A lot of holiday health guides point to the obvious no-no: sugar. Of course you want to stay away from sugar, but that’s probably not realistic, no matter how disciplined you are. We suggest you instead focus on limiting portions. A lot of times, we simply expect too much from ourselves. “No sugar, period. I will be healthy and eat only bean casserole, being careful to remove the crispy fried onions.” This works fine for about five minutes, until peer pressure, Aunt Louise and mulled wine conspire to destroy your best-laid plans. Before you know it, you’ve eaten three cookies, two slices of pie and eighty-three truffles. You feel guilty, bloated and sick, you give yourself a pep talk, and at the next party…you do it all over again.

Step 1: No ridiculous standards. Do not set a goal for yourself that you know you probably won’t reach (from past experience or awareness of your weak points). This just makes you feel bad, and no one is putting that pressure on you, so be nice to yourself. Who needs the added stress? Find a middle ground. If you normally end up indulging through the holidays, try giving yourself a “one freebie” rule: one treat at every party or event.

Step 2: Portion control. The amount of indulgence is more important than anything else. If you love carrot cake, eat a big bite or two, and stop. It won’t taste any better if you eat the entire thing, and you’ll have accomplished two great things: some enjoyment and some discipline. One bite of sugary cake isn’t great, but it’s not going to be cause for regret. You can try out a few of your favorite treats this way without doing any serious damage to your health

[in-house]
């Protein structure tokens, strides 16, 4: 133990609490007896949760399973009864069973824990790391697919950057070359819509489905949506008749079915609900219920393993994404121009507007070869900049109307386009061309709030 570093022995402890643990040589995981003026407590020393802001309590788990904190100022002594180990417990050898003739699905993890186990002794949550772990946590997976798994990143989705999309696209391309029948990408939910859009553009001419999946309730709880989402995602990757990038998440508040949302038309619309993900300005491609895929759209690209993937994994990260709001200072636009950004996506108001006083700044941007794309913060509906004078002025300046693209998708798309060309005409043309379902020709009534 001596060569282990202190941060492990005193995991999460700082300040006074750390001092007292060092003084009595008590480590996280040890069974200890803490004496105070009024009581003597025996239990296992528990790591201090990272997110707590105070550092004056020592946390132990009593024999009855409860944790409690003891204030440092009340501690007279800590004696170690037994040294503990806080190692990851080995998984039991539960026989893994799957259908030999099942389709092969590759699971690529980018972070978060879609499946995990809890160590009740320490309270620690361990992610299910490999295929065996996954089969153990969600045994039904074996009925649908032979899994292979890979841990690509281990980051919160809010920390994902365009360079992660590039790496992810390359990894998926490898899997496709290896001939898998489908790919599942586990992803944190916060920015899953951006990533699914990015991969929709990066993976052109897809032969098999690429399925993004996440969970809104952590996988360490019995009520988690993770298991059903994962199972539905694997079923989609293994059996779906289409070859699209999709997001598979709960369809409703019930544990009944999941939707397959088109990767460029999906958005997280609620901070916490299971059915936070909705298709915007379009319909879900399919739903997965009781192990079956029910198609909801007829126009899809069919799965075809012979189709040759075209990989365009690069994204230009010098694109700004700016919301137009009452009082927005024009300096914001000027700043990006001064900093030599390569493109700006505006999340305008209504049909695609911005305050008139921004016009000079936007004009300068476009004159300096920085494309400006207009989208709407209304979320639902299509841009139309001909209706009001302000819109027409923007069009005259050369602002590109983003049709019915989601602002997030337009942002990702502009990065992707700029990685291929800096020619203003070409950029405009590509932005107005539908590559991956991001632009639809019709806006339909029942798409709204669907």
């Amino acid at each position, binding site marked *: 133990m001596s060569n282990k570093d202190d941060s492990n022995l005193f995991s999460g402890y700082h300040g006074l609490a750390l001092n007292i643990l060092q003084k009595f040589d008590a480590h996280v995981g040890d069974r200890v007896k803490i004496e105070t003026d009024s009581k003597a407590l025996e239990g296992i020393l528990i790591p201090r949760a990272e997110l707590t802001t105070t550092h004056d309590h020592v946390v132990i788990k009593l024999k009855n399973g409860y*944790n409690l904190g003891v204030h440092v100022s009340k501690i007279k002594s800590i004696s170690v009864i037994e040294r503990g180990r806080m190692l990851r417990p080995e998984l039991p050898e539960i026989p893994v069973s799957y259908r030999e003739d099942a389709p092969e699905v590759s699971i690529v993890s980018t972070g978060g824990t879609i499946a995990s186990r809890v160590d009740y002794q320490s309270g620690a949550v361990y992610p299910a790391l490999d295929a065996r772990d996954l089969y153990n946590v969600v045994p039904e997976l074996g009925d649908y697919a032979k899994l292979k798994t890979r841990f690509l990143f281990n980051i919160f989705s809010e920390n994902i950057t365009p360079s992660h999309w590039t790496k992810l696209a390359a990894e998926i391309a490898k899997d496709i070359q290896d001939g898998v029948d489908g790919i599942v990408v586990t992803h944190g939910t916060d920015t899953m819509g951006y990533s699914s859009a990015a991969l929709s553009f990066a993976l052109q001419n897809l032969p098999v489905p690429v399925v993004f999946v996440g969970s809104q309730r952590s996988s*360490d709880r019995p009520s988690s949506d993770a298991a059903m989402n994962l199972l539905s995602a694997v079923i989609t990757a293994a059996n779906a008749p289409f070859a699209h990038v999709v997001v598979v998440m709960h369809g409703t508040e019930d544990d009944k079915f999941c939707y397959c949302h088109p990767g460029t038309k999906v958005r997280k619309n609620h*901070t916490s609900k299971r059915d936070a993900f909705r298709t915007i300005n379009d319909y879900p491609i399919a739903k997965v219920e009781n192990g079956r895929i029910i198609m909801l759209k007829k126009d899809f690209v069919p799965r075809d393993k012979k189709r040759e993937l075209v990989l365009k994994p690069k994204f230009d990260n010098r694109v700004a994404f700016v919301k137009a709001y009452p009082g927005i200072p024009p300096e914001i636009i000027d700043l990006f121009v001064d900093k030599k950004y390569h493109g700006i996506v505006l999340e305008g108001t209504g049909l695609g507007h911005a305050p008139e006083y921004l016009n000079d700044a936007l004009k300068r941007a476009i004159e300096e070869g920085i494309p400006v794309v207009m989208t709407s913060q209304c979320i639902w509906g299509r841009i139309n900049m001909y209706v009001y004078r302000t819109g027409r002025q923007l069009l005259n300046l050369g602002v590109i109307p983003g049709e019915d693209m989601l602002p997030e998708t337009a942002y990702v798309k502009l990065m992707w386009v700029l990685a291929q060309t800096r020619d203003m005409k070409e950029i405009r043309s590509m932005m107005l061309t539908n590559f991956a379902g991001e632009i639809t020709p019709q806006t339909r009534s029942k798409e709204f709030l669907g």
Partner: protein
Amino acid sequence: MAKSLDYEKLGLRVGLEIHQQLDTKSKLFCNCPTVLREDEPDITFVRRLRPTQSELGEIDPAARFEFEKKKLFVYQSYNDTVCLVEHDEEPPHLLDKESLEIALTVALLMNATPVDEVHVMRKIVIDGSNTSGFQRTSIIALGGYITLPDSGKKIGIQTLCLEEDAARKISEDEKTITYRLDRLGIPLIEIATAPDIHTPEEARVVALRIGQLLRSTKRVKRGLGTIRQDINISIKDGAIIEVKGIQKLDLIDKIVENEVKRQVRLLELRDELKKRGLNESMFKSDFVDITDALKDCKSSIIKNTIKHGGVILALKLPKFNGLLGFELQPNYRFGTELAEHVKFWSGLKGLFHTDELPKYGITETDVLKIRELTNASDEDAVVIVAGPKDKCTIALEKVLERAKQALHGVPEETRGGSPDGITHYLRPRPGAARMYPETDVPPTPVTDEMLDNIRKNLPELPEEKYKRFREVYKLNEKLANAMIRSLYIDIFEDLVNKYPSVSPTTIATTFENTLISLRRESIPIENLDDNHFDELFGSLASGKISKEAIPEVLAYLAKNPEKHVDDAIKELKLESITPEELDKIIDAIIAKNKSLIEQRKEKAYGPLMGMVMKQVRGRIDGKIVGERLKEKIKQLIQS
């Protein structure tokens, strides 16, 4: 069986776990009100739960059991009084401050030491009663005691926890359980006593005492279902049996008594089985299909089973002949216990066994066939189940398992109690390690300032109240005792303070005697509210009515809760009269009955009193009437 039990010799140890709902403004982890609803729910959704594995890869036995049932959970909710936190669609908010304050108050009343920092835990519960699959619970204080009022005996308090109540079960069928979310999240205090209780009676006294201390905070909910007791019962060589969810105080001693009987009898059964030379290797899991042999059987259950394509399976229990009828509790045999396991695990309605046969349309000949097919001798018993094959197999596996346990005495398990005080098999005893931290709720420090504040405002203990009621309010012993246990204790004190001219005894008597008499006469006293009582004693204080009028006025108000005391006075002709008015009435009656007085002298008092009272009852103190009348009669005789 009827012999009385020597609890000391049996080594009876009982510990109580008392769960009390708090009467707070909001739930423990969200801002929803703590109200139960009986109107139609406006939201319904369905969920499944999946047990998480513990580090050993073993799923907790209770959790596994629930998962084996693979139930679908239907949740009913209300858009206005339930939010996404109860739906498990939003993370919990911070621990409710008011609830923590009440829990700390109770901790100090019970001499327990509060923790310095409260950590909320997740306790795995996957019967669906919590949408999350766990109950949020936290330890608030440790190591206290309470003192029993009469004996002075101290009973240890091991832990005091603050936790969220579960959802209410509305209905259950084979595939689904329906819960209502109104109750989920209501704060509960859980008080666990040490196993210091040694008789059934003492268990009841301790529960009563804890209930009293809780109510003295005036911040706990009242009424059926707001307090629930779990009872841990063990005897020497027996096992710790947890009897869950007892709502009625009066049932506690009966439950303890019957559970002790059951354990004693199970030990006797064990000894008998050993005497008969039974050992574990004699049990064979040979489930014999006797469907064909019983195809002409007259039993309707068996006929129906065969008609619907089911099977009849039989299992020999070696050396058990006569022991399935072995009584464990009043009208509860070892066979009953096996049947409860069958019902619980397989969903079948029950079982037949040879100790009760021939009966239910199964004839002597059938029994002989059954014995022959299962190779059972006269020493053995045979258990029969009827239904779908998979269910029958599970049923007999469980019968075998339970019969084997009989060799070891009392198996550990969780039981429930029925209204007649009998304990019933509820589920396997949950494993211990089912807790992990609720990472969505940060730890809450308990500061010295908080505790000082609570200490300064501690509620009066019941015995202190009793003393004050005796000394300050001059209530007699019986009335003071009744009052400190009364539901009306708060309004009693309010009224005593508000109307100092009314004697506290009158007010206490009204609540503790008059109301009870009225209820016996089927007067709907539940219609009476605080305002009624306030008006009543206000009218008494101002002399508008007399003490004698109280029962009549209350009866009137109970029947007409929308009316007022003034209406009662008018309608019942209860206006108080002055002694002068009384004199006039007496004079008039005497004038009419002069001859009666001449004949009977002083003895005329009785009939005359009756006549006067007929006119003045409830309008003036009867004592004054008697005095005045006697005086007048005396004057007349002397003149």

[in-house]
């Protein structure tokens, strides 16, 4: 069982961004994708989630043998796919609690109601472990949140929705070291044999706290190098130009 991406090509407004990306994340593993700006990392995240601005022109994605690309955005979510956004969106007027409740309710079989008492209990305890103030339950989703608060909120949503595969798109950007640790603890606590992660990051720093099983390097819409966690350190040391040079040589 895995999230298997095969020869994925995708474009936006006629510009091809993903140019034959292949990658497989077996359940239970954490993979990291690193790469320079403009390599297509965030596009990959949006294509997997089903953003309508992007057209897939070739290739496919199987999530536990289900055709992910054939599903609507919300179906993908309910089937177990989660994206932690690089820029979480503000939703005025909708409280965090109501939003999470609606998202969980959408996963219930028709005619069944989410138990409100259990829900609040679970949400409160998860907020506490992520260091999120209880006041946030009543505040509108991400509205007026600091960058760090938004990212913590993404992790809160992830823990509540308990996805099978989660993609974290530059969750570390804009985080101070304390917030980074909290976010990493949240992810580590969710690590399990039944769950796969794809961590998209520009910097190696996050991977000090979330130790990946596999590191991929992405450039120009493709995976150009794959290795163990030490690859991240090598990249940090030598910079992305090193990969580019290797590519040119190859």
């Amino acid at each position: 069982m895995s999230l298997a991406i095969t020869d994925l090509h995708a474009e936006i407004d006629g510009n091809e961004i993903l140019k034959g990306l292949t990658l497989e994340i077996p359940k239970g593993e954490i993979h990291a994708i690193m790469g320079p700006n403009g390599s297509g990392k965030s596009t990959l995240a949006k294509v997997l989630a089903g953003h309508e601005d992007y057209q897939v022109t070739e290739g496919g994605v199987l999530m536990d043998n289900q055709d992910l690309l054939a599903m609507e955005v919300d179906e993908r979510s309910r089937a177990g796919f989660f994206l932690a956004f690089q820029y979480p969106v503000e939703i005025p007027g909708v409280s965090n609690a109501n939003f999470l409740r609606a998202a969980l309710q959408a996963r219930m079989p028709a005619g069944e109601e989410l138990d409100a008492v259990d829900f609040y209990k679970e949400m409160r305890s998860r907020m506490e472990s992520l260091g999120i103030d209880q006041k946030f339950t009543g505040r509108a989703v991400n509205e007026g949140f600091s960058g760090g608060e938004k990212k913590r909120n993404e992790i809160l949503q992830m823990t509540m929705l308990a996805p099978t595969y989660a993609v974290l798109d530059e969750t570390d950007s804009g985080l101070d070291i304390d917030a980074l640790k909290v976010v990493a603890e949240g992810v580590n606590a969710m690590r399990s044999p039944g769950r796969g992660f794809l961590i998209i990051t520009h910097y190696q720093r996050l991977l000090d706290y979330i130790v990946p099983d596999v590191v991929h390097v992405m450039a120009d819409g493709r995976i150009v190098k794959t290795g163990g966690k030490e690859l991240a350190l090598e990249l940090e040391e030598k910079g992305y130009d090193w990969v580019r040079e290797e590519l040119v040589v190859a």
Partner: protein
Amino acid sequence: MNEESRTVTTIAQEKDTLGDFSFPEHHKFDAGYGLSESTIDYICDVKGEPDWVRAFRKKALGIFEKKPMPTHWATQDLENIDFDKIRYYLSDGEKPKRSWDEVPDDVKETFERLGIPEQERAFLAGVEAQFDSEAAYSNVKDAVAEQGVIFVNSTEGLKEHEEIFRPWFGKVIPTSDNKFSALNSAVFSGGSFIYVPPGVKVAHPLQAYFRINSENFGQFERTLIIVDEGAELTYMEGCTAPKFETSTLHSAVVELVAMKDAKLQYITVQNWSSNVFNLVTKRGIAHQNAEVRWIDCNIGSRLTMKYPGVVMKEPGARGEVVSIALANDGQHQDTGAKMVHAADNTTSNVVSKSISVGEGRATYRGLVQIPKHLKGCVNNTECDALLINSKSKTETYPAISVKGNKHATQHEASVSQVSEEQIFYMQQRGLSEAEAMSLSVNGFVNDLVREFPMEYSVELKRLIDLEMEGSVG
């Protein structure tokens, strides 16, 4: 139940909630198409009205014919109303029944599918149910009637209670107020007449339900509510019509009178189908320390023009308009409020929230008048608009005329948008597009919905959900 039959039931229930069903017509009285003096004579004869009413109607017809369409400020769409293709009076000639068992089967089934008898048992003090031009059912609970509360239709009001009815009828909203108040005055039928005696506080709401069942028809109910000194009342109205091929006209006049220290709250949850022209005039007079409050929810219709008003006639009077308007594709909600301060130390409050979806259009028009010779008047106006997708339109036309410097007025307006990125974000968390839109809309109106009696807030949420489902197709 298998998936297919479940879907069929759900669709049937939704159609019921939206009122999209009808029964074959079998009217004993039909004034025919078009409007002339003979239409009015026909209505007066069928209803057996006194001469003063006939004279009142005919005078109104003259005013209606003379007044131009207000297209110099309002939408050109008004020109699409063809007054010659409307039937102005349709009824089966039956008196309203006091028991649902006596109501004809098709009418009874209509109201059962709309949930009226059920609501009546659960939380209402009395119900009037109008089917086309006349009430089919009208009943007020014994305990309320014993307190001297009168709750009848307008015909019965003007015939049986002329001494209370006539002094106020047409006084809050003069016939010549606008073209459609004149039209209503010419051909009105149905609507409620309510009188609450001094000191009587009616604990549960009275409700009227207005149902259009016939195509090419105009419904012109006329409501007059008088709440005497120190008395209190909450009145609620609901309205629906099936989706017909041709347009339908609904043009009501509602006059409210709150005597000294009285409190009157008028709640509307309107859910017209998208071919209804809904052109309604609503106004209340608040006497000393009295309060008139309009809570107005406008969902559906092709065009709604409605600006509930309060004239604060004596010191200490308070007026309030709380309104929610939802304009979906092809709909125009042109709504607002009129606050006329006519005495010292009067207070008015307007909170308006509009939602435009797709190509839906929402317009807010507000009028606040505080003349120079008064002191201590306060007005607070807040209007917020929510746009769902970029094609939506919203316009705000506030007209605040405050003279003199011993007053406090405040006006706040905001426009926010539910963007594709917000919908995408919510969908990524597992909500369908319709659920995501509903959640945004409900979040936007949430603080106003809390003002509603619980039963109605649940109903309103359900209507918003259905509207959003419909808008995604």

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Magic Mushrooms & the Boy Who Felt No Pain

The world of drug development is complicated, fascinating and sometimes, just plain wacky. Here are two new potential drugs-in-the-making which may have some excellent therapeutic benefits (hey, not all drugs are bad):

Ok, Which Frog-Licker Figured This Out?

Call it accidental scientific discovery, but I suspect at least one of these researchers has a rebellious teen in the family.

Genetic Pain Defect May Help Make Surgical Procedures Painless

A boy who felt no pain may help scientists develop better analgesics.

[tags] magic mushroom, frog licking, analgesics, drugs, strange medicine, oddities [/tags]

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The Sisson Spoof

[tags] Snickers, most popular candy bar, junk food, spoof [/tags]

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Wednesday’s Mix: Tastier Than Mesclun

WORKER BEES’ DAILY BITES

Almost Deserves a Sherlock Award…

The New England Journal of Medicine has announced that Vitamin D is so good for you, it might even help prevent multiple sclerosis, a tragic and degenerative disease of the nervous system that affects about 350,000 people. Actually, the study is really worth checking out, although we’re a little annoyed (hey, we’re bees). Science has long shown Vitamin D to be a crucial nutrient for all sorts of health issues, from nerves, tissues and teeth to eyes and bones. In fact, a lot of people don’t realize Vitamin D is just as necessary for bones as calcium. But we bet you know that.

Gut Bugs – Yum!

The news that digestive germs play a role in making you fat is already causing a big hot mess in the health world. One doctor in the article is quite the contrarian, saying flatly, “I think it’s totally wrong.” The article didn’t go on to explain if he had reasons for his belief, but we’re going to recommend you read it for yourself and also be sure to see Mark’s related gut-bug post. Hmm…gut bugs. What a term! Suddenly, we’re just not hungry…

Check out the germ clickativity.